JP: You mentioned that Kevin did the whole Bob Evans thing, so did you play in any other bands aside from Jebediah during your hiatus?
CD: Mate, I wish I had have come up with a good story, I can tell you that right now (laughs). But no, I’m a lucky musician because I get a lot of satisfaction out of playing with the Jebs even though we’ve been having a bit of down time. I wouldn’t say it’s fulfilment enough but I get a huge buzz out of being in the Jebs and I’m not really looking for anything else on either side of that to do with music. I think I was busier pursuing my other pursuits to tell the truth. I really enjoy art and painting and that kind of stuff, so I immerse myself in doing a bit of that and holding down a full-time job as well, and a relationship and everything that goes with that. I haven’t been sitting around on the Dole (laughs). The Jebs is my main musical pursuit, and I like to be committed to that, but outside of that I find other things to get involved in.

JP: While you’ve always had triple j’s support, commercial radio has only really got behind you with the release of your single `She’s Like A Comet’. Is it weird knowing there’s people out there who are just starting to get to know Jebediah for the first time in 2011?
CD: Do I think it’s weird? Well, not so much. I think `Comet’, as a single, delivered what a few more of the radio formats were looking for in terms of a rock song for radio. And in that sense, I look at the timing more than anything as being integral to that. I think releasing `Comet’ at the beginning of this year… it came out at an ideal time. We did get a lot of support across the board and we’re getting it onto a lot of stations. I can only image that it’s a lot to do with trends and that sort of stuff. Maybe these radio stations were looking for more rock music. I work in a record store as my full-time job, so I get to see what’s coming and going in the music scene. I think we’ve had a lot of dance music and a lot of electro in the last few years, and maybe, you know, programmers at radio stations are looking for a bit more guitar music and we just managed to hit the timing fairly well with that. We haven’t really changed much as a band since we first came out, so whether or not the stations have changed their format a bit so they can afford to play more alternative music, I’m not too sure. Or maybe we just delivered something that was more their cup of tea? You know, it’s still a very Jebediah song but it probably has a few of the key things that radio want, which is catchiness, a bit of a hook and all that kind of stuff (laughs).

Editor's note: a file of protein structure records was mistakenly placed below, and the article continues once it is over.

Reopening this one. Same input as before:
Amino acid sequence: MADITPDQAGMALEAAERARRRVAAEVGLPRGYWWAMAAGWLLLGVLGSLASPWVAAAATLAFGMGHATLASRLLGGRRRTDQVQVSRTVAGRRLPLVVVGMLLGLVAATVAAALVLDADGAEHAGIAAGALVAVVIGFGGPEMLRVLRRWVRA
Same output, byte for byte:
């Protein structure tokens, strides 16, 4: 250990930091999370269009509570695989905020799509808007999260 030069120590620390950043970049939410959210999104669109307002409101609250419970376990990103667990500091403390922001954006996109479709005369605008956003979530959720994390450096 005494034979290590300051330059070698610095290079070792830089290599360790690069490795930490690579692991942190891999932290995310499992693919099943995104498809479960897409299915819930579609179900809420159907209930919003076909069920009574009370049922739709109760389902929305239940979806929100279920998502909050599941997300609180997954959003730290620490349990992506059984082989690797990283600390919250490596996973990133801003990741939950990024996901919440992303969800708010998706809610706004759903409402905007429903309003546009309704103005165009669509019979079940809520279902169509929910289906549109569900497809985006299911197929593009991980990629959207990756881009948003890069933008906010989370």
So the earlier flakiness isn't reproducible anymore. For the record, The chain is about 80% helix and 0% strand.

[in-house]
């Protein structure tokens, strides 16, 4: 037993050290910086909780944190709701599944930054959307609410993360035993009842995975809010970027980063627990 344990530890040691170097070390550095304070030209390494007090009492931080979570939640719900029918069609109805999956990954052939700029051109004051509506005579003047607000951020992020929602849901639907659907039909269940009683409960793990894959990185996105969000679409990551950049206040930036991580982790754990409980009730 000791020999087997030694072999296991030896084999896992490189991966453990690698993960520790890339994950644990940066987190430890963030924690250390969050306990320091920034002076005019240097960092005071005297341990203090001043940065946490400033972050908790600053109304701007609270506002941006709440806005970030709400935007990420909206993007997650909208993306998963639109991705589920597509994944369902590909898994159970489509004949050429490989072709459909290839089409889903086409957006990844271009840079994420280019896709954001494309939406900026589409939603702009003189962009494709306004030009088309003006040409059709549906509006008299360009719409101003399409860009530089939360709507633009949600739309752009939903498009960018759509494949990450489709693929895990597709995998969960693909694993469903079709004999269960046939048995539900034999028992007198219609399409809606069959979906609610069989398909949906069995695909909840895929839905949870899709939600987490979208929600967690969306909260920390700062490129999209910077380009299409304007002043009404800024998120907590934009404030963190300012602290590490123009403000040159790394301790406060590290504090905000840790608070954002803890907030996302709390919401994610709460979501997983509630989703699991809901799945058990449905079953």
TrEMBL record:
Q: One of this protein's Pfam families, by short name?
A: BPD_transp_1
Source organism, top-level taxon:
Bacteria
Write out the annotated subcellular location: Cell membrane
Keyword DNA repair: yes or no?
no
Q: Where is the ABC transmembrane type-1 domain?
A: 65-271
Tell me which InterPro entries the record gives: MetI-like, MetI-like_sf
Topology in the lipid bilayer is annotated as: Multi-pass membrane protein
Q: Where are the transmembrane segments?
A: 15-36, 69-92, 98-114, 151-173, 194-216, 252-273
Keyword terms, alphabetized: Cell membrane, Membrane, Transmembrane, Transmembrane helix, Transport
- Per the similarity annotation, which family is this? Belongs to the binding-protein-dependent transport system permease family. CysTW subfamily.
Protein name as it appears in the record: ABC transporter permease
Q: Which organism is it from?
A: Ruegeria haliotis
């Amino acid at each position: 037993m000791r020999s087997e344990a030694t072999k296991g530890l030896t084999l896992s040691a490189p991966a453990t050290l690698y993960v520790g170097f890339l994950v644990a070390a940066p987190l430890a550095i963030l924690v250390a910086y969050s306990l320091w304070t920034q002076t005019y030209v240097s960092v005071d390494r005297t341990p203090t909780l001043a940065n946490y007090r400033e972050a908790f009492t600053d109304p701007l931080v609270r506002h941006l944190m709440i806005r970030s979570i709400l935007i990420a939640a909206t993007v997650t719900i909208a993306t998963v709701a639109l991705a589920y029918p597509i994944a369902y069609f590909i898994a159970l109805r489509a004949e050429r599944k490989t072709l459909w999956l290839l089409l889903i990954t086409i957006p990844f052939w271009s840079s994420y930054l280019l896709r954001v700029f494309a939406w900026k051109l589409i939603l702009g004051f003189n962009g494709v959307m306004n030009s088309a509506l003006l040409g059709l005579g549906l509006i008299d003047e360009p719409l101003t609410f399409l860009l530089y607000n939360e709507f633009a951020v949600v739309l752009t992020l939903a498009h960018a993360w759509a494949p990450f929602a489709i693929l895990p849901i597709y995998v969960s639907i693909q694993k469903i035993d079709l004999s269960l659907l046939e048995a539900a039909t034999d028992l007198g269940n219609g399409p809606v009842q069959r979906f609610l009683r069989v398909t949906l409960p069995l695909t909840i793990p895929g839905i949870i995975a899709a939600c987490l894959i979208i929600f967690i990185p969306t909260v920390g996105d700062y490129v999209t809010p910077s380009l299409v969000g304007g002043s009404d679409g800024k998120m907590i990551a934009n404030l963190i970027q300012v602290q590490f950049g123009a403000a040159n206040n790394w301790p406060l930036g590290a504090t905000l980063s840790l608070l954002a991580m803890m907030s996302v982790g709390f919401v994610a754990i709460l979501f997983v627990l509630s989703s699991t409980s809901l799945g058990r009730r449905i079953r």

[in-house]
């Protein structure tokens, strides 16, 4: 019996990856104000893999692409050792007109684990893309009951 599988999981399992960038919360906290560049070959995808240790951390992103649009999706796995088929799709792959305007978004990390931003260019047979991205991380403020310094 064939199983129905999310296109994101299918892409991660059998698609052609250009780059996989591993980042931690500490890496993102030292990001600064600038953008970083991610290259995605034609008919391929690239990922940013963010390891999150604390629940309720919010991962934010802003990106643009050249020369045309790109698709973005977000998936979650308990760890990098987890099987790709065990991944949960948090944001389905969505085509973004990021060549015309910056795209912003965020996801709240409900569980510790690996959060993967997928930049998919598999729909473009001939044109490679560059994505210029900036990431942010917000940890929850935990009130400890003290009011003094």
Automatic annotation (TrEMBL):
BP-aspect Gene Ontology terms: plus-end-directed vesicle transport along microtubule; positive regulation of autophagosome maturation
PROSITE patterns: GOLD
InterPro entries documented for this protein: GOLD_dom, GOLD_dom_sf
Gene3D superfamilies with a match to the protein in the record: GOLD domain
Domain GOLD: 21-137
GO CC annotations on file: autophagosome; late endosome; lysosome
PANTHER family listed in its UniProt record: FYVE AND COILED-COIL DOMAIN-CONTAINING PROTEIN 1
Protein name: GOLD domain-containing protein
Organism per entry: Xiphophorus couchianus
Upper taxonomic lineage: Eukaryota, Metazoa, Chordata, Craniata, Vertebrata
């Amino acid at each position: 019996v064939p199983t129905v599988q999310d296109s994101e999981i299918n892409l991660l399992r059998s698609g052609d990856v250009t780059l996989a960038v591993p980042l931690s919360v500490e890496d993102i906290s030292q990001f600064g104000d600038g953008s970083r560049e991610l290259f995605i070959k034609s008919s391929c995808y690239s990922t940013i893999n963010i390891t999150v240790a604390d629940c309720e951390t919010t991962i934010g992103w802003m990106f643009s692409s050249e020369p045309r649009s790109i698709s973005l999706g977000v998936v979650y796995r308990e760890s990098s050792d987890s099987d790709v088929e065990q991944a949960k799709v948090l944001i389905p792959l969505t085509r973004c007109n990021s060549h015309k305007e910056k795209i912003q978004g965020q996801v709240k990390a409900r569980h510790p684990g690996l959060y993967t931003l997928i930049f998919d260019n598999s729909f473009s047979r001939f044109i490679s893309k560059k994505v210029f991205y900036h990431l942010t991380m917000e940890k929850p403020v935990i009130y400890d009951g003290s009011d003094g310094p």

Be sure to catch the Jebs when they hit the road for their national Battle for November Tour. 

WORDS: Jack Pilven

Battle for November Tour Dates

Thursday 10 November - Metropolis, Fremantle
Thursday 17 November - Billboard, Melbourne
Friday 18 November - Fowlers Live, Adelaide
Saturday 19 November - Metro Theatre, Sydney

By THEJAMO, 11 October 2011